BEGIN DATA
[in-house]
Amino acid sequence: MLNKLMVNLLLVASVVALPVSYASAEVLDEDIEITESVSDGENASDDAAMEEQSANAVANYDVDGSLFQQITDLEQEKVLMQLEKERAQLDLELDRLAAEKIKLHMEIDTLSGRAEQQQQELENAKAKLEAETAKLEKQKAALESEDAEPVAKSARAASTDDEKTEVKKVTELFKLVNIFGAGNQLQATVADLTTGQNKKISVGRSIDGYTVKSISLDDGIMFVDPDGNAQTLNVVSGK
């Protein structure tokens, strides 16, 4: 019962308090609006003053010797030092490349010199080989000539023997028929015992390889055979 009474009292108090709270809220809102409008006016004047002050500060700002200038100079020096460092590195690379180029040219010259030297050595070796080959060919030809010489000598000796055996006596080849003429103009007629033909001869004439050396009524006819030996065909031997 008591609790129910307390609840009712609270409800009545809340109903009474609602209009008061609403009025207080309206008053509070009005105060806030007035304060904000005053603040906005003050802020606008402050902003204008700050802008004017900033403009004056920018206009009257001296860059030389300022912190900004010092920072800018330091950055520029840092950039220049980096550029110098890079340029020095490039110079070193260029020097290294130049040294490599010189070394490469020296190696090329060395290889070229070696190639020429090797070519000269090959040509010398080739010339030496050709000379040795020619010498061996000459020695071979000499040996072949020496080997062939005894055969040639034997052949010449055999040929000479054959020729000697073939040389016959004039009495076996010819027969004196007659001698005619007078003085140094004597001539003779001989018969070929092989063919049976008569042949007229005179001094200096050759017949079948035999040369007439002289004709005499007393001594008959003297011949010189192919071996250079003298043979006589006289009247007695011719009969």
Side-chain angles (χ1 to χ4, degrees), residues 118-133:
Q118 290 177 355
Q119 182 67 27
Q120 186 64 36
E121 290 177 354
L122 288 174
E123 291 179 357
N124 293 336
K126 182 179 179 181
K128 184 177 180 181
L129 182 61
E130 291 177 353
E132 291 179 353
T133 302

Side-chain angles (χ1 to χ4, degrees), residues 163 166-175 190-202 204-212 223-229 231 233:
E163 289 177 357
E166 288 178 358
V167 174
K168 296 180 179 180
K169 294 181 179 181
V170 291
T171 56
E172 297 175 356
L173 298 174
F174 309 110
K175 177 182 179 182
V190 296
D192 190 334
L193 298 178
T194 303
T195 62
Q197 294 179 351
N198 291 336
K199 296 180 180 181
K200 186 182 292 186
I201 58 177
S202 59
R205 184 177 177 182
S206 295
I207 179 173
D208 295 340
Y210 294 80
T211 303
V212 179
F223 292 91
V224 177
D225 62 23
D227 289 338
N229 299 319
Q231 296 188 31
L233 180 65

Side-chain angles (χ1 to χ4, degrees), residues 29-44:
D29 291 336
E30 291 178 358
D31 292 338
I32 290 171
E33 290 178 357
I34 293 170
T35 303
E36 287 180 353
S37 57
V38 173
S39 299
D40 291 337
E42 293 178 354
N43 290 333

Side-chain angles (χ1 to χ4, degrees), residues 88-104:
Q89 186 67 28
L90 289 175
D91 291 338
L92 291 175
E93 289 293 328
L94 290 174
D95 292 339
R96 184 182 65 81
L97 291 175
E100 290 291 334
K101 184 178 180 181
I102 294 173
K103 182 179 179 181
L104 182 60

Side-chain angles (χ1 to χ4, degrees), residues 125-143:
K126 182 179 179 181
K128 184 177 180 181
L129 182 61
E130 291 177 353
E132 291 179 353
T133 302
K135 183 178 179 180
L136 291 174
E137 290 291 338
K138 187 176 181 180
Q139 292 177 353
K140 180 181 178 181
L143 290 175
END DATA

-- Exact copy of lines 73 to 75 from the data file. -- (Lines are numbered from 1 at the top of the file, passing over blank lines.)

D91 291 338
L92 291 175
E93 289 293 328